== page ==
Dr. Beth MacConnell and her colleagues have written the definitive paper "Death March" on how whirling disease attacks trout. It was published last year in the Immunological Review.

    The attack: Once released from tubifex worms, the triactinomyxons (TAMs) float in the river, waiting for vulnerable, newborn trout to appear. As the fry hatch from their eggs on the bottom, the parasites shoot hooks, attached to coiled filaments, into the trout and latch on, often around the fins and mouth.

    Up to 64 infective cells from the TAMs burrow between the cells of the fish's skin. Within 2 hours, they've begun to multiply copiously. Then they march through the skin and into nerve endings.

    Day 4: The parasites have begun stealing into the central nervous system, which they use essentially as a system of roads to reach their real objective: the fry's tasty cartilage, especially the large deposits in the spinal column and skull.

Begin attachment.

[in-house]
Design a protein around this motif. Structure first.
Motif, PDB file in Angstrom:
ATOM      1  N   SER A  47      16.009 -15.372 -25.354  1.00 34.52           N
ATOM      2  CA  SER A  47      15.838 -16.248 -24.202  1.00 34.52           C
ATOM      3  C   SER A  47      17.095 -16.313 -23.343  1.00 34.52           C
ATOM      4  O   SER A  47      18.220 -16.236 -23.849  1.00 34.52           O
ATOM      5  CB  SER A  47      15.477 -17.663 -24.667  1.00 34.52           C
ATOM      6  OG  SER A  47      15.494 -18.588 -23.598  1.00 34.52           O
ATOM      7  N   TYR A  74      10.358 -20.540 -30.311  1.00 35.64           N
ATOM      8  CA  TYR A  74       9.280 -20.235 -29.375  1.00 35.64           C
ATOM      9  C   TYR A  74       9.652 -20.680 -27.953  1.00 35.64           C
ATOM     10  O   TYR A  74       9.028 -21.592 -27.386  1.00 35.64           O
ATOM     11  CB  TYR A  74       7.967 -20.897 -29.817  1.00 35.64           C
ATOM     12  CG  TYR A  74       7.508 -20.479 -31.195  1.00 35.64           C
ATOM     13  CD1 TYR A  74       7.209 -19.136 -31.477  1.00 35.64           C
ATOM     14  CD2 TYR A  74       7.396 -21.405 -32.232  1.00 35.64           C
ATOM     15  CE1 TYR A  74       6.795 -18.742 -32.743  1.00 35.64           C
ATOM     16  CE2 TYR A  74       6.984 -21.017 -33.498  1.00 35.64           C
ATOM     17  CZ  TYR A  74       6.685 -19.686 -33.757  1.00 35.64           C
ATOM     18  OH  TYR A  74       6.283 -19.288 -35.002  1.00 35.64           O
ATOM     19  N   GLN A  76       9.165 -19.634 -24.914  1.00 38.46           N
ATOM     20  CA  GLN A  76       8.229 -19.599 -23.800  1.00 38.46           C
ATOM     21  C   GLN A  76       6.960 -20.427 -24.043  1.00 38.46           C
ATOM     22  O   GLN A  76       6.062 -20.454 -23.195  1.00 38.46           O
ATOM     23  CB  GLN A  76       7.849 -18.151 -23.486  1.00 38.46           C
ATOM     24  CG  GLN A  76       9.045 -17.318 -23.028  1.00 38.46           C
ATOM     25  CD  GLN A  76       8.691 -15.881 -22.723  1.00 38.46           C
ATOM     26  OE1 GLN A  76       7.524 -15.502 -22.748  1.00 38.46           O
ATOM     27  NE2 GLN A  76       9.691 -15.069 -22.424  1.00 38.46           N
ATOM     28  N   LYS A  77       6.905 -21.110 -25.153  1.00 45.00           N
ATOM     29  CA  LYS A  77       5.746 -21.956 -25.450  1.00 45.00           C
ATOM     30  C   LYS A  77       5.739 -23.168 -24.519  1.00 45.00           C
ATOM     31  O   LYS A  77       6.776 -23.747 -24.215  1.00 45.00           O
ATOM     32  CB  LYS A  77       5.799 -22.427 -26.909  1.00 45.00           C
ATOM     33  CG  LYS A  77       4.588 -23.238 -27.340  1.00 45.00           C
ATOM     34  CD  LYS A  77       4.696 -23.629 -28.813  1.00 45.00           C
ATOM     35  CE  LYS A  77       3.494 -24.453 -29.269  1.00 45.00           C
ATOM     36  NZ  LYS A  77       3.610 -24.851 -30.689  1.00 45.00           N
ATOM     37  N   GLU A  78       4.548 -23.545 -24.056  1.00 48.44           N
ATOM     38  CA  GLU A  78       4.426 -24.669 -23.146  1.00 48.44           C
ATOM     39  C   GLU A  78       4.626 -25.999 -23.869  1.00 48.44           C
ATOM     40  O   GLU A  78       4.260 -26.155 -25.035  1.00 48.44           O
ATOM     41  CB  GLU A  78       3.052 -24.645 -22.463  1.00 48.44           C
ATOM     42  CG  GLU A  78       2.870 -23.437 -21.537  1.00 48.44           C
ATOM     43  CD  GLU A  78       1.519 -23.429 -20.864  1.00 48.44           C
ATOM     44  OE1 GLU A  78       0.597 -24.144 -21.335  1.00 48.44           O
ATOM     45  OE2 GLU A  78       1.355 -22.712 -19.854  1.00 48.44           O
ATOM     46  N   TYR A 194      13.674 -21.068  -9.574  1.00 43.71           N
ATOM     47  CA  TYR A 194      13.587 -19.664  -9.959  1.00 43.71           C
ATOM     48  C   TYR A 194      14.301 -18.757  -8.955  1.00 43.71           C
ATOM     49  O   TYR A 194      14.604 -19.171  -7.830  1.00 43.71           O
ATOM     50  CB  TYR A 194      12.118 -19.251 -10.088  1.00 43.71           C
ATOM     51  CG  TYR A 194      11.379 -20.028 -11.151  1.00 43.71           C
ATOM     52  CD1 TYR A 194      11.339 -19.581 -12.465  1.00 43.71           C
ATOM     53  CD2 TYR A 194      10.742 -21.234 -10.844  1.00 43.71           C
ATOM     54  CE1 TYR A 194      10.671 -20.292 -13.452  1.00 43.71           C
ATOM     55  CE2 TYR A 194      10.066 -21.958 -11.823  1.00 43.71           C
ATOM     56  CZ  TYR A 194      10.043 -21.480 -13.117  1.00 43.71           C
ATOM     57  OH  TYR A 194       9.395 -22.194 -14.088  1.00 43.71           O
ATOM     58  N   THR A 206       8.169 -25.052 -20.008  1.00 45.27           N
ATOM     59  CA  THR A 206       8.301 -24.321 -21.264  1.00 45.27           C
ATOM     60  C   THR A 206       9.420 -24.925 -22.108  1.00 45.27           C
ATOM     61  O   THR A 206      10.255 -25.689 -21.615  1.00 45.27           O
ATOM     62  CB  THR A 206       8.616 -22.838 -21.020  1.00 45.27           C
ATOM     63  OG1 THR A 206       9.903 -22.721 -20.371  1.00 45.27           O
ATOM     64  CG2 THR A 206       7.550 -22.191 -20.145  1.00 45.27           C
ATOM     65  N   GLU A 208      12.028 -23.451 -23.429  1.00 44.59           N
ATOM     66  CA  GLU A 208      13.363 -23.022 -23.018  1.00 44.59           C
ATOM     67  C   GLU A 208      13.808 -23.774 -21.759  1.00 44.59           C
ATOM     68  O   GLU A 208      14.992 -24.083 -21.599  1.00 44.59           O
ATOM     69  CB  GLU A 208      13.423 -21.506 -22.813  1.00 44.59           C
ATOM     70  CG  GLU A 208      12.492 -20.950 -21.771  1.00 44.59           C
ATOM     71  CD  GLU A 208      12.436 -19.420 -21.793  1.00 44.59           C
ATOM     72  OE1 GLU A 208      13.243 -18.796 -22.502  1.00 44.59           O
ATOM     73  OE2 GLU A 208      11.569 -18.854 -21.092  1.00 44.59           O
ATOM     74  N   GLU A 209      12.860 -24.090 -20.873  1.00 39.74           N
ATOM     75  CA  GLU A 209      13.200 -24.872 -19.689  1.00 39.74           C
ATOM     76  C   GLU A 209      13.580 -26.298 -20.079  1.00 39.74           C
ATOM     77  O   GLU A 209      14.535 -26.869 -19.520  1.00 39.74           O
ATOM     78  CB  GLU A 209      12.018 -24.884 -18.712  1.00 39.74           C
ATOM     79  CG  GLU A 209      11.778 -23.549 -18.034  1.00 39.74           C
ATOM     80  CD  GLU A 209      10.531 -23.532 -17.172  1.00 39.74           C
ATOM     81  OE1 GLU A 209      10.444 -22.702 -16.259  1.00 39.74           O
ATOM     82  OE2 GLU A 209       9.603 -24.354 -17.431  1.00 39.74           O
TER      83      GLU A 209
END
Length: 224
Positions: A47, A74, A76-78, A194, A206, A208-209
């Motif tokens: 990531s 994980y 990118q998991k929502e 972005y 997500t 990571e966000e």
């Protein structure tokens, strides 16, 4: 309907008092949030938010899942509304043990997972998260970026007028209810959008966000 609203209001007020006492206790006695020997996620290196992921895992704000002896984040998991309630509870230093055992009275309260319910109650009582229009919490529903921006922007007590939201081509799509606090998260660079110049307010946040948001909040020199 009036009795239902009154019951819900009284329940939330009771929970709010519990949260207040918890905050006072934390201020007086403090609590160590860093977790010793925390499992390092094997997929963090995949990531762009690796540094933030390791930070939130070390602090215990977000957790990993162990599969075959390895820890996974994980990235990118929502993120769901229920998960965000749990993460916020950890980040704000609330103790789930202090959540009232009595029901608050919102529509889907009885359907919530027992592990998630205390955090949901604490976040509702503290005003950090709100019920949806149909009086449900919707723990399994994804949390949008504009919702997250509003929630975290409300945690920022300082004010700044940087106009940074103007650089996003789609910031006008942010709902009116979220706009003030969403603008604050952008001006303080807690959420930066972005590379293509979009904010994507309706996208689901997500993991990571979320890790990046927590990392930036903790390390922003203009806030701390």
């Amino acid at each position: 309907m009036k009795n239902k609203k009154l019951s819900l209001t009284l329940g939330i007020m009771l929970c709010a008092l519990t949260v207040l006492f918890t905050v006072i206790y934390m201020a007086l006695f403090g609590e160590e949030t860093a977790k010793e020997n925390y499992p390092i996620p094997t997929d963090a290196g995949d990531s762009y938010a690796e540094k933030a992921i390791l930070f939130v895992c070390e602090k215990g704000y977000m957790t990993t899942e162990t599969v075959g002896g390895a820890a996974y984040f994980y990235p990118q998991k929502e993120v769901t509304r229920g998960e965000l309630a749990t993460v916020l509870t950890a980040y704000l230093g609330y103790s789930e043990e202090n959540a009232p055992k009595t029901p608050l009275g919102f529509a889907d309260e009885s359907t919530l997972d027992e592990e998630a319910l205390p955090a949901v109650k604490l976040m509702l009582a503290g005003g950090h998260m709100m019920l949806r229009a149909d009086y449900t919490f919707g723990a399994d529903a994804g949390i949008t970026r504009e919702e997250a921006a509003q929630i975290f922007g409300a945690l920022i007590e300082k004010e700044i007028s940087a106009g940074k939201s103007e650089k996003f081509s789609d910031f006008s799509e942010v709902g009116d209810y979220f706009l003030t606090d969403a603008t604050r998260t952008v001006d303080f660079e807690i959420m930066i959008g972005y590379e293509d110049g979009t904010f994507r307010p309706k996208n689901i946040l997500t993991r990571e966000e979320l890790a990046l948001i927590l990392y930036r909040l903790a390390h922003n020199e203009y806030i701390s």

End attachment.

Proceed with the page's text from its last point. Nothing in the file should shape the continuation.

Day 20: By now, depending on water temperature, the parasites have reached cartilage and have begun to devour it, destroying the fish's structural framework. The eyes start to bug out. The skull becomes misshapen. The spine looks like a roller coaster.

    Day 45: As its brain stem and neural system collapse, the trout's tail turns black and the fish begins to whirl. Day 90: The hard-shelled spores have begun to form inside the trout's cartilage, encased in bone.

    Death: The trout are often tough enough to withstand the attack itself. However, they eventually starve to death, or are eaten themselves because they can't swim well enough to escape.

    Postmortem: A fish that lives for 5 months may carry as many as two million spores. They are released after it dies and begins to decay.